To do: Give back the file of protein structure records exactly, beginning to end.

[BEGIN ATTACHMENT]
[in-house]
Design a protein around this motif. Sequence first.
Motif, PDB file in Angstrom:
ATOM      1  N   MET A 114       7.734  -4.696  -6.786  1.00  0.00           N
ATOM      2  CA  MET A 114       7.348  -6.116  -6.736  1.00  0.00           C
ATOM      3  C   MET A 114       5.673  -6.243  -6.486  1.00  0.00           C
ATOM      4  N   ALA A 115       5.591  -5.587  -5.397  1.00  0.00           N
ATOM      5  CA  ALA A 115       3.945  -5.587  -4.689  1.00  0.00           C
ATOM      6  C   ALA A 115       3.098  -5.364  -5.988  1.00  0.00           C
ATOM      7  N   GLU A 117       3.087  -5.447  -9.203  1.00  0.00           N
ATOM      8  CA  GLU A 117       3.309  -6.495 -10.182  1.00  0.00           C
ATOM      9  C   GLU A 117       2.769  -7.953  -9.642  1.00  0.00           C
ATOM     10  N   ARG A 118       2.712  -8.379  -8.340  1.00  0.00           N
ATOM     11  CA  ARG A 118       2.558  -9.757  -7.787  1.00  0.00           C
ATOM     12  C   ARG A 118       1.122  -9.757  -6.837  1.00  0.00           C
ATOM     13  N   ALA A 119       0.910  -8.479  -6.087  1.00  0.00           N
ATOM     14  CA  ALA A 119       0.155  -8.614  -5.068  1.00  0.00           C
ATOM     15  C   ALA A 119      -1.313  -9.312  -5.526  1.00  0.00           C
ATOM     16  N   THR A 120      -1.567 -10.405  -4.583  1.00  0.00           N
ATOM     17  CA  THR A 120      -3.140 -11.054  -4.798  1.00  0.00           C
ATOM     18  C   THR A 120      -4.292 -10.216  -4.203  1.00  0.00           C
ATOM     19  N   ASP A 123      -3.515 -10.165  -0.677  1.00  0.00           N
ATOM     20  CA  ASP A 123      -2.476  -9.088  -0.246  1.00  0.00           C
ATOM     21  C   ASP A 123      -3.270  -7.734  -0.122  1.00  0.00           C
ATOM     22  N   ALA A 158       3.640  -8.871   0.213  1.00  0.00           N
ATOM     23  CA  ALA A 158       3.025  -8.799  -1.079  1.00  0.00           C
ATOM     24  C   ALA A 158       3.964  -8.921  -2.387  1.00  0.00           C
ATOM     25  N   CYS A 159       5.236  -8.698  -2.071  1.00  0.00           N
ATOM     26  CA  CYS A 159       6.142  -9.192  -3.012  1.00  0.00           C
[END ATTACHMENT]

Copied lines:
[in-house]
Design a protein around this motif. Sequence first.
Motif, PDB file in Angstrom:
ATOM      1  N   MET A 114       7.734  -4.696  -6.786  1.00  0.00           N
ATOM      2  CA  MET A 114       7.348  -6.116  -6.736  1.00  0.00           C
ATOM      3  C   MET A 114       5.673  -6.243  -6.486  1.00  0.00           C
ATOM      4  N   ALA A 115       5.591  -5.587  -5.397  1.00  0.00           N
ATOM      5  CA  ALA A 115       3.945  -5.587  -4.689  1.00  0.00           C
ATOM      6  C   ALA A 115       3.098  -5.364  -5.988  1.00  0.00           C
ATOM      7  N   GLU A 117       3.087  -5.447  -9.203  1.00  0.00           N
ATOM      8  CA  GLU A 117       3.309  -6.495 -10.182  1.00  0.00           C
ATOM      9  C   GLU A 117       2.769  -7.953  -9.642  1.00  0.00           C
ATOM     10  N   ARG A 118       2.712  -8.379  -8.340  1.00  0.00           N
ATOM     11  CA  ARG A 118       2.558  -9.757  -7.787  1.00  0.00           C
ATOM     12  C   ARG A 118       1.122  -9.757  -6.837  1.00  0.00           C
ATOM     13  N   ALA A 119       0.910  -8.479  -6.087  1.00  0.00           N
ATOM     14  CA  ALA A 119       0.155  -8.614  -5.068  1.00  0.00           C
ATOM     15  C   ALA A 119      -1.313  -9.312  -5.526  1.00  0.00           C
ATOM     16  N   THR A 120      -1.567 -10.405  -4.583  1.00  0.00           N
ATOM     17  CA  THR A 120      -3.140 -11.054  -4.798  1.00  0.00           C
ATOM     18  C   THR A 120      -4.292 -10.216  -4.203  1.00  0.00           C
ATOM     19  N   ASP A 123      -3.515 -10.165  -0.677  1.00  0.00           N
ATOM     20  CA  ASP A 123      -2.476  -9.088  -0.246  1.00  0.00           C
ATOM     21  C   ASP A 123      -3.270  -7.734  -0.122  1.00  0.00           C
ATOM     22  N   ALA A 158       3.640  -8.871   0.213  1.00  0.00           N
ATOM     23  CA  ALA A 158       3.025  -8.799  -1.079  1.00  0.00           C
ATOM     24  C   ALA A 158       3.964  -8.921  -2.387  1.00  0.00           C
ATOM     25  N   CYS A 159       5.236  -8.698  -2.071  1.00  0.00           N
ATOM     26  CA  CYS A 159       6.142  -9.192  -3.012  1.00  0.00           C